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The question from 2017 USNCO is as below:

What is the $\mathrm{pH}$ of a $\pu{0.25 M}$ solution of $\ce{NaCN}$? (The $\mathrm{p}K_\mathrm{a}$ of $\ce{HCN}$ is $9.21$.)

(A) $4.91$
(B) $8.61$
(C) $11.30$
(D) $13.40$

The answer sheet states (C).

My understandings/reasoning:

  • salt hydrolysis: solution of salt derived from strong base and weak acid is basic;
  • $\ce{NaCN}$ is derived from the base $\ce{NaOH}$ (strong) and acid $\ce{HCN}$ (weak according to given $\mathrm{p}K_\mathrm{a}$);
  • Solution is basic, so (A) is incorrect.

However, I am unable to proceed from here.

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Sodium cyanide is a salt formed by a strong base and a weak acid, so the reduced ionic equation of hydrolysis is

$$\ce{CN- + H2O <=>[$K_\mathrm{h}$] HCN + OH-}$$

$$ \begin{align} K_\mathrm{h} &= \left.\frac{[\ce{HCN}][\ce{OH-}]}{[\ce{CN-}]} \qquad \right|\cdot \frac{[\ce{H+}]}{[\ce{H+}]}\\ &= \frac{[\ce{HCN}][\ce{OH-}][\ce{H+}]}{[\ce{CN-}][\ce{H+}]}\\ &=\frac{K_\mathrm{w}}{K_\mathrm{a}} \label{eq:1}\tag{1} \end{align} $$

Sodium cyanide is highly soluble salt, so one can neglect auto-protolysis of water, and also express hydrolysis constant (assuming $[\ce{OH-}] = [\ce{HCN}]$ and $C$ – concentration of sodium cyanide) as follows:

$$K_\mathrm{h} = \frac{[\ce{OH-}]^2}{C-[\ce{OH-}]} \label{eq:2}\tag{2}$$

Equating \eqref{eq:1} and \eqref{eq:2}:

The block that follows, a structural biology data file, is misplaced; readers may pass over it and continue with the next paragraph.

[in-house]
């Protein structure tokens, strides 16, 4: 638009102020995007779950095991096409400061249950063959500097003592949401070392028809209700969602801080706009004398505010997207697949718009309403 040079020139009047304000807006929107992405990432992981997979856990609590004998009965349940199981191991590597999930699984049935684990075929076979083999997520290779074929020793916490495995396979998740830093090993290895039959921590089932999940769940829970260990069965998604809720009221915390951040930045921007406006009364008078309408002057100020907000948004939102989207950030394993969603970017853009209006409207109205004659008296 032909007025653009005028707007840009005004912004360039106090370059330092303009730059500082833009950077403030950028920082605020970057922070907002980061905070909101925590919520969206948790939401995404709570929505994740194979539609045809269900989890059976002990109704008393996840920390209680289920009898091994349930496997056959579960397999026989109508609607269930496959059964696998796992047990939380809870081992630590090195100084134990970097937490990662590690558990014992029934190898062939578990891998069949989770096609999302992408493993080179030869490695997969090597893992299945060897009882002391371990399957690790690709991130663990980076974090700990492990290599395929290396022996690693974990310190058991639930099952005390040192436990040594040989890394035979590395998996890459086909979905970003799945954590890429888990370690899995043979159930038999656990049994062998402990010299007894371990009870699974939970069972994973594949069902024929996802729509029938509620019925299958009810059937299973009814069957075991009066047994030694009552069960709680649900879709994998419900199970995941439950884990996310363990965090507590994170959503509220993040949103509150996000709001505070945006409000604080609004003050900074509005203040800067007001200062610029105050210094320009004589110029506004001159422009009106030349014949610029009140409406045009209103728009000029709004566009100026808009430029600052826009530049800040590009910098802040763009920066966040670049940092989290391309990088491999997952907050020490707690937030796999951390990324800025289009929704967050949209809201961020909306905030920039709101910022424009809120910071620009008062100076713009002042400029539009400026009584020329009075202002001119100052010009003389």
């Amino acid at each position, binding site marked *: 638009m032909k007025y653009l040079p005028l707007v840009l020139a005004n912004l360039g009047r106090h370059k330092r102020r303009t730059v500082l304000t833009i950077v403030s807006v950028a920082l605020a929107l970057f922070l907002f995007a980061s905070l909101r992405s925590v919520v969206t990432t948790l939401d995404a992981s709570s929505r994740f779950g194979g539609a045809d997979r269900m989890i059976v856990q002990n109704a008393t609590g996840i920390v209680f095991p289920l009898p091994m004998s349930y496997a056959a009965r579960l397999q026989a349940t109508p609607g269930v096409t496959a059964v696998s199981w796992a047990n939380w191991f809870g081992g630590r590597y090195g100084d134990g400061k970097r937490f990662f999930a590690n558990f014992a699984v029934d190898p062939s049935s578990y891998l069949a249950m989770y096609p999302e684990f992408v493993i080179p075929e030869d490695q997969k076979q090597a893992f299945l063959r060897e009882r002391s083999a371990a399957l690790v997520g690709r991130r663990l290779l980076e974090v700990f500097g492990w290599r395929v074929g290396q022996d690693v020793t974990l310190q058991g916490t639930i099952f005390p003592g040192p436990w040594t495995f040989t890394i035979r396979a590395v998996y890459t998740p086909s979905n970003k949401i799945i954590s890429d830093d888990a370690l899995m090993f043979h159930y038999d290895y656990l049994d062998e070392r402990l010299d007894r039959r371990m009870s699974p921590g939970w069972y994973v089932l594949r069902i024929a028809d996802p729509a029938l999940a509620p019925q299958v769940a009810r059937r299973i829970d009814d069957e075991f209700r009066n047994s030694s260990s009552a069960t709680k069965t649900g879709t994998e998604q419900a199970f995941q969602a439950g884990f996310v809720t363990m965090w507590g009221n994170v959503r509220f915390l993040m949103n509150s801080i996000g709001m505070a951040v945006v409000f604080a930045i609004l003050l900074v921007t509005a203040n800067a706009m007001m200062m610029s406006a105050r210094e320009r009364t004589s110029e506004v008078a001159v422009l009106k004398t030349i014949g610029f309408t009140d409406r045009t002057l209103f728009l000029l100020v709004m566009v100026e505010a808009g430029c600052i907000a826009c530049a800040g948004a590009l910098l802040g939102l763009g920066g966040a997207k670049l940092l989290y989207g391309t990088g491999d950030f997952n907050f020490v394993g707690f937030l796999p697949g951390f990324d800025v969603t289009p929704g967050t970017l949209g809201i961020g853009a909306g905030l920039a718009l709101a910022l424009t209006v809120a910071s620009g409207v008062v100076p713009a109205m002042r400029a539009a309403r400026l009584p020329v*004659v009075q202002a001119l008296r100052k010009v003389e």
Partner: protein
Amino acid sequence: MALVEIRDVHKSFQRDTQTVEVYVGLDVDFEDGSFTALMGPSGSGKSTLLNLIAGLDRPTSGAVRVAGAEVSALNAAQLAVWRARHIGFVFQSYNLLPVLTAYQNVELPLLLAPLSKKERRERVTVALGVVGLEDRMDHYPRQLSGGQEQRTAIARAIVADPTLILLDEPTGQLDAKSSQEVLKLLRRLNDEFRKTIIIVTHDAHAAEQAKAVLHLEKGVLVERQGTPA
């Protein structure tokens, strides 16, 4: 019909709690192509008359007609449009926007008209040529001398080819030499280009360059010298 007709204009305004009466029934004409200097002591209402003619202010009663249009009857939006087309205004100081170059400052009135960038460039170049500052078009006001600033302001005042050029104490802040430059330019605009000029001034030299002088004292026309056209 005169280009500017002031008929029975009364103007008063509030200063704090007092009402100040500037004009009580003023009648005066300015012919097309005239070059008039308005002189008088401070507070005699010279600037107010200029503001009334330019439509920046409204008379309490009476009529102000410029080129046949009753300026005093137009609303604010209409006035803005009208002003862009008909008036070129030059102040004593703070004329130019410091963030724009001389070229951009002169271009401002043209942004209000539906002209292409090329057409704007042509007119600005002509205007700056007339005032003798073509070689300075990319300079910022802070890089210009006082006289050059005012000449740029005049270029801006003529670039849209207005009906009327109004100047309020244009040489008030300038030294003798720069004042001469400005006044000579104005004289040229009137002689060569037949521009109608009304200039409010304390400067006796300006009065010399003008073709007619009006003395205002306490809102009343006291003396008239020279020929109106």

$$\frac{10^{-14}}{10^{-9.21}} = \frac{[\ce{OH-}]^2}{0.25-[\ce{OH-}]}\, ,\label{eq:3}\tag{3}$$

and solving the quadratic equation \eqref{eq:3} for $[\ce{OH-}]$, one can find that $[\ce{OH-}] \approx \pu{2e-3 M}$, $\mathrm{pOH} = 2.70$, hence

$$\mathrm{pH} = 14.00 - \mathrm{pOH} = 14.00 - 2.70 = 11.30$$

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    $\begingroup$ Thank you. I noticed that you used water's dissociation constant at 25°C. However, many questions specify the temperature, while this doesn't, leading me to believe that a temperature-independent solution would be preferred. $\endgroup$ – George Tian Jan 2 '18 at 8:12
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    $\begingroup$ @GeorgeTian There is none unless the problem itself explicitly tells you the temperature or $K_\mathrm{w}$. In the absence of such info, it's safe to assume that $K_\mathrm{w} = 10^{-14}$ and move along. $\endgroup$ – andselisk Jan 2 '18 at 8:17

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